The music of German composer Karlheinz Stockhausen (August 22, 1928 – December 5, 2007) continues to be the focus of intense scholarly research. However, due to the special characteristics of what Stockhausen labeled as intuitive music, it represents a period of his compositional output that has yet to be thoroughly analyzed. This document proposes an analysis of Stockhausen’s cycle of intuitive music, Aus den sieben Tagen (From the Seven Days), from the perspective of the ancient Indo-Tibetan tantric theory and praxis of sound, as propagated through Vajrayana Tibetan Buddhism.
After discussing the proper context for the composer, the composition, and the proposed analytical model of the tantric mandala template found in Nada Yoga Tantra praxis, an in-depth, multi-layered analysis is presented that includes significant features of the cycle, including architectural and layout design, semantic and literary fields, esoteric aspects, and a mandala–based tantric analysis.
The particularities of each layer of analysis are examined using principles of sacred geometry, mathematical concepts, and esoteric praxis that result in a set of meaningful conclusions about the cycle as an artifact based on tantric principles. These conclusions are a synthesis of analytical data obtained through score study, research concerning Stockhausen’s cultural background, personal experience with the tantric methods alluded to in this cycle, and pre-existing scholarly literature on the subjects of Aus den sieben Tagen, intuitive music, and Tantra. Supportive evidence is comprised of tabular data as well as graphical representations and logical inferences based on the mathematical, geometrical, and esoteric principles discussed therein.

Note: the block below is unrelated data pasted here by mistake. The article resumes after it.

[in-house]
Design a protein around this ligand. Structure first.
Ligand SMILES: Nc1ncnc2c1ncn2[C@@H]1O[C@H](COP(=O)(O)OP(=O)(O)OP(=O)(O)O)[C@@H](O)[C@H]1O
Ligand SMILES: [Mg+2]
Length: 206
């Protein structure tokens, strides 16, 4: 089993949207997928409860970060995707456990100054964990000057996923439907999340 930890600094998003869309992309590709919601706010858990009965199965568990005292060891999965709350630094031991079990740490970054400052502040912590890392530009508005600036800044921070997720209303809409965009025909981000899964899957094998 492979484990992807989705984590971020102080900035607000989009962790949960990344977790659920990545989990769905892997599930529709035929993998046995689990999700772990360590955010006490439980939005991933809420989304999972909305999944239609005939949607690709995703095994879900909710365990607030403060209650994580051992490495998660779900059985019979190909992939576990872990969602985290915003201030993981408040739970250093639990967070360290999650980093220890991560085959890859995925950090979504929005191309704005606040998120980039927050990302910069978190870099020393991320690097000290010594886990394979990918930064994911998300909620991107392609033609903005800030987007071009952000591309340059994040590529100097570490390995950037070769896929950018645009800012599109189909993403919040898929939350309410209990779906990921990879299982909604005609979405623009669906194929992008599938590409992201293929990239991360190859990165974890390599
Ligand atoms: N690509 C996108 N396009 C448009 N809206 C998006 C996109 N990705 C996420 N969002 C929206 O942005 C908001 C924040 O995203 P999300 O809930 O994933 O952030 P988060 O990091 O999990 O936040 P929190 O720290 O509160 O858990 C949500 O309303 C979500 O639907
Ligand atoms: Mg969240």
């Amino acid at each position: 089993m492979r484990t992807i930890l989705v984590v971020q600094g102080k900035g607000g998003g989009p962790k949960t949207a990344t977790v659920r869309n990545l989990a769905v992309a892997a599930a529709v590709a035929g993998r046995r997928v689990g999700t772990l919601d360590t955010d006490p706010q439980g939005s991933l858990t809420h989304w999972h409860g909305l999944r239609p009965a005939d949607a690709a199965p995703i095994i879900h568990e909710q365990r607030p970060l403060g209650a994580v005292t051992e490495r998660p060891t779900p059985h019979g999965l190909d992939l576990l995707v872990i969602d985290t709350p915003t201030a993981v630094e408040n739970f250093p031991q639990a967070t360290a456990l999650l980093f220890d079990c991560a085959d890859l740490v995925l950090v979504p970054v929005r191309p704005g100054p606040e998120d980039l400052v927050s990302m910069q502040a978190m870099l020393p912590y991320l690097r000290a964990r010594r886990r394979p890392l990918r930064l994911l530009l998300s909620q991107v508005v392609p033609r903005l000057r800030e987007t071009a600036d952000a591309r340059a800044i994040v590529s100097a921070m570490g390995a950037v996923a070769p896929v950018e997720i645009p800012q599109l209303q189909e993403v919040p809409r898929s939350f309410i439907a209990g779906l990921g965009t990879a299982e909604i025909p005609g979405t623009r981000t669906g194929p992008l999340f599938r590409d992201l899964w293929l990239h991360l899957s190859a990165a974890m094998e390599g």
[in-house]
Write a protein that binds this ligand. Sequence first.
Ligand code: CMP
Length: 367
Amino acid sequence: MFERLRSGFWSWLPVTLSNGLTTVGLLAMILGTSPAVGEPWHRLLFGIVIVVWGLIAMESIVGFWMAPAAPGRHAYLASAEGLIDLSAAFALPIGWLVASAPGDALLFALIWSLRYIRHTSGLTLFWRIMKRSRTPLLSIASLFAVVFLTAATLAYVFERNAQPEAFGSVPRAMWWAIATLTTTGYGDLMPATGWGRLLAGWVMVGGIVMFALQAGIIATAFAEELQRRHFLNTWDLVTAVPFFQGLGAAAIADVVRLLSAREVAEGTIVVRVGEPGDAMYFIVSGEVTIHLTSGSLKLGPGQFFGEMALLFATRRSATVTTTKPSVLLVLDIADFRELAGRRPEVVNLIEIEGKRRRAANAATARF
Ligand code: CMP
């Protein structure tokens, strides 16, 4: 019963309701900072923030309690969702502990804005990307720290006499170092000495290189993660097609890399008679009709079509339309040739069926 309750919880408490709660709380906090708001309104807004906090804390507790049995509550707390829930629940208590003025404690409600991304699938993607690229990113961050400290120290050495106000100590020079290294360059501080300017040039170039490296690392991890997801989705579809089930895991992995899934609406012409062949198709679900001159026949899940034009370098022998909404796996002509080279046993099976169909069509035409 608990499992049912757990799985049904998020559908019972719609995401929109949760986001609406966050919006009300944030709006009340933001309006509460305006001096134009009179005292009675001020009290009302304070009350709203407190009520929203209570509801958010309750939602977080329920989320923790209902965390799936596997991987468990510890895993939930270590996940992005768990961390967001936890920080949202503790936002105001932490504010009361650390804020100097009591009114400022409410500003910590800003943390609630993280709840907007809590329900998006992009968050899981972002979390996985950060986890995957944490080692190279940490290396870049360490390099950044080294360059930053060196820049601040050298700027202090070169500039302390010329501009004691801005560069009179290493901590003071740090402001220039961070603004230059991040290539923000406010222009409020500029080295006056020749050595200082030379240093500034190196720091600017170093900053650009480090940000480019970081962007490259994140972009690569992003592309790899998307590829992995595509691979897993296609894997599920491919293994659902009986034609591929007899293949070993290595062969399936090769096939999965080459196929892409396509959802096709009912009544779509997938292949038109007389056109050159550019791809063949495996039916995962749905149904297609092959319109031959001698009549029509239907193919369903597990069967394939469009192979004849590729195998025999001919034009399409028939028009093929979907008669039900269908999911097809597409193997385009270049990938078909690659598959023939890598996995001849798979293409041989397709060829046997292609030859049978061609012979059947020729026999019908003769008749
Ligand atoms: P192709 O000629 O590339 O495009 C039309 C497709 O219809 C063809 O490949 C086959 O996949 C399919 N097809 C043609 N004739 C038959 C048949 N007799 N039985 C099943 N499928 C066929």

A comprehensive analysis shows the tantric mandala template as the underlying principle at the core of Aus den sieben Tagen, which illustrates Stockhausen’s preoccupation with the notions of enlightenment, transcendence, and the functional aspects of music composition at the time at which Aus den sieben Tagen was written. This work is not a metaphor for, nor a representation of tantric practice, but is in itself a tantric practice.